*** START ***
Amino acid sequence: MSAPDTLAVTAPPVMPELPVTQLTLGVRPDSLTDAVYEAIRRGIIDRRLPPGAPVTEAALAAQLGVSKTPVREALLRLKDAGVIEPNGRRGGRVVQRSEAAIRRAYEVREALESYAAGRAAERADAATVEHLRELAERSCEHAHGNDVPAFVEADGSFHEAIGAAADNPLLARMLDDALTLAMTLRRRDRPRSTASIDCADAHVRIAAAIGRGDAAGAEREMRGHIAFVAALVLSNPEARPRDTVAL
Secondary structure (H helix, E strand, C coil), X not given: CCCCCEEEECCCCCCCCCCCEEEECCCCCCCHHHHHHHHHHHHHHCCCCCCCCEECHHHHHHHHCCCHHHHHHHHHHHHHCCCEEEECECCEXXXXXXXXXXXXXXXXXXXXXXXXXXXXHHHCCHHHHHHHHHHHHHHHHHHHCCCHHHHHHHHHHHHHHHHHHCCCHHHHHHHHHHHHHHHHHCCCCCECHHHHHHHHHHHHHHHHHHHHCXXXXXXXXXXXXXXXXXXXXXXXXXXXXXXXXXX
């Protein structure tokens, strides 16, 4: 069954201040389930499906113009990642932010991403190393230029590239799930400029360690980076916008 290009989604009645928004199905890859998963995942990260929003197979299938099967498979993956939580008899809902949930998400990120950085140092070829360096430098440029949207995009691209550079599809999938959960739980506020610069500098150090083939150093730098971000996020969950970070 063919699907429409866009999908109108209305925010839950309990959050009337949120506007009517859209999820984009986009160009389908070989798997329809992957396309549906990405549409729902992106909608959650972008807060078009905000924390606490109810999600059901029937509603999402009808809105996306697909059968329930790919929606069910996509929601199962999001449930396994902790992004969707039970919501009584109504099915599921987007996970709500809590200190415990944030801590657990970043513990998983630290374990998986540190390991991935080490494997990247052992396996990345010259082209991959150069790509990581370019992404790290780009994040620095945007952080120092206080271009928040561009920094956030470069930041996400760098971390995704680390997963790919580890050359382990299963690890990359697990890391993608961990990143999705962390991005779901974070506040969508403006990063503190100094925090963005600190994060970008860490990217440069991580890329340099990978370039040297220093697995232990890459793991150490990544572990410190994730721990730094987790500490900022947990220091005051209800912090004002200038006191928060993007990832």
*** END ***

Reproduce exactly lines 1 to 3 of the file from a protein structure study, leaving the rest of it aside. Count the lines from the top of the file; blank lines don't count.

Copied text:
Amino acid sequence: MSAPDTLAVTAPPVMPELPVTQLTLGVRPDSLTDAVYEAIRRGIIDRRLPPGAPVTEAALAAQLGVSKTPVREALLRLKDAGVIEPNGRRGGRVVQRSEAAIRRAYEVREALESYAAGRAAERADAATVEHLRELAERSCEHAHGNDVPAFVEADGSFHEAIGAAADNPLLARMLDDALTLAMTLRRRDRPRSTASIDCADAHVRIAAAIGRGDAAGAEREMRGHIAFVAALVLSNPEARPRDTVAL
Secondary structure (H helix, E strand, C coil), X not given: CCCCCEEEECCCCCCCCCCCEEEECCCCCCCHHHHHHHHHHHHHHCCCCCCCCEECHHHHHHHHCCCHHHHHHHHHHHHHCCCEEEECECCEXXXXXXXXXXXXXXXXXXXXXXXXXXXXHHHCCHHHHHHHHHHHHHHHHHHHCCCHHHHHHHHHHHHHHHHHHCCCHHHHHHHHHHHHHHHHHCCCCCECHHHHHHHHHHHHHHHHHHHHCXXXXXXXXXXXXXXXXXXXXXXXXXXXXXXXXXX
């Protein structure tokens, strides 16, 4: 069954201040389930499906113009990642932010991403190393230029590239799930400029360690980076916008 290009989604009645928004199905890859998963995942990260929003197979299938099967498979993956939580008899809902949930998400990120950085140092070829360096430098440029949207995009691209550079599809999938959960739980506020610069500098150090083939150093730098971000996020969950970070 063919699907429409866009999908109108209305925010839950309990959050009337949120506007009517859209999820984009986009160009389908070989798997329809992957396309549906990405549409729902992106909608959650972008807060078009905000924390606490109810999600059901029937509603999402009808809105996306697909059968329930790919929606069910996509929601199962999001449930396994902790992004969707039970919501009584109504099915599921987007996970709500809590200190415990944030801590657990970043513990998983630290374990998986540190390991991935080490494997990247052992396996990345010259082209991959150069790509990581370019992404790290780009994040620095945007952080120092206080271009928040561009920094956030470069930041996400760098971390995704680390997963790919580890050359382990299963690890990359697990890391993608961990990143999705962390991005779901974070506040969508403006990063503190100094925090963005600190994060970008860490990217440069991580890329340099990978370039040297220093697995232990890459793991150490990544572990410190994730721990730094987790500490900022947990220091005051209800912090004002200038006191928060993007990832």